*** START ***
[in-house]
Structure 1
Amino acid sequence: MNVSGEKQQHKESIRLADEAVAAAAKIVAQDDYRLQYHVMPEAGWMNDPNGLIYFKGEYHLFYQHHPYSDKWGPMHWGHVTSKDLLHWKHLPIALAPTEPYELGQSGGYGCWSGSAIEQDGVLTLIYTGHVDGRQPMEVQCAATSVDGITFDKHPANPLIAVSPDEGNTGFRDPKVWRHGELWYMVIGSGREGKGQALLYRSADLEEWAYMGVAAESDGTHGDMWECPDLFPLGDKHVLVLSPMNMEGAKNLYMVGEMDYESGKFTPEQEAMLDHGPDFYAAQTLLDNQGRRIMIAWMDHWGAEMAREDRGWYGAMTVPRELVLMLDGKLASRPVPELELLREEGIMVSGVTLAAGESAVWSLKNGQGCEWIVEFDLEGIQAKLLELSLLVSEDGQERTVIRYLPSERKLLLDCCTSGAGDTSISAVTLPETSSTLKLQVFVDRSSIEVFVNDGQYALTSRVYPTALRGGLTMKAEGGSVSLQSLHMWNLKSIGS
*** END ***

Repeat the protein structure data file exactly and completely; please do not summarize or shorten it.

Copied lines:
[in-house]
Structure 1
Amino acid sequence: MNVSGEKQQHKESIRLADEAVAAAAKIVAQDDYRLQYHVMPEAGWMNDPNGLIYFKGEYHLFYQHHPYSDKWGPMHWGHVTSKDLLHWKHLPIALAPTEPYELGQSGGYGCWSGSAIEQDGVLTLIYTGHVDGRQPMEVQCAATSVDGITFDKHPANPLIAVSPDEGNTGFRDPKVWRHGELWYMVIGSGREGKGQALLYRSADLEEWAYMGVAAESDGTHGDMWECPDLFPLGDKHVLVLSPMNMEGAKNLYMVGEMDYESGKFTPEQEAMLDHGPDFYAAQTLLDNQGRRIMIAWMDHWGAEMAREDRGWYGAMTVPRELVLMLDGKLASRPVPELELLREEGIMVSGVTLAAGESAVWSLKNGQGCEWIVEFDLEGIQAKLLELSLLVSEDGQERTVIRYLPSERKLLLDCCTSGAGDTSISAVTLPETSSTLKLQVFVDRSSIEVFVNDGQYALTSRVYPTALRGGLTMKAEGGSVSLQSLHMWNLKSIGS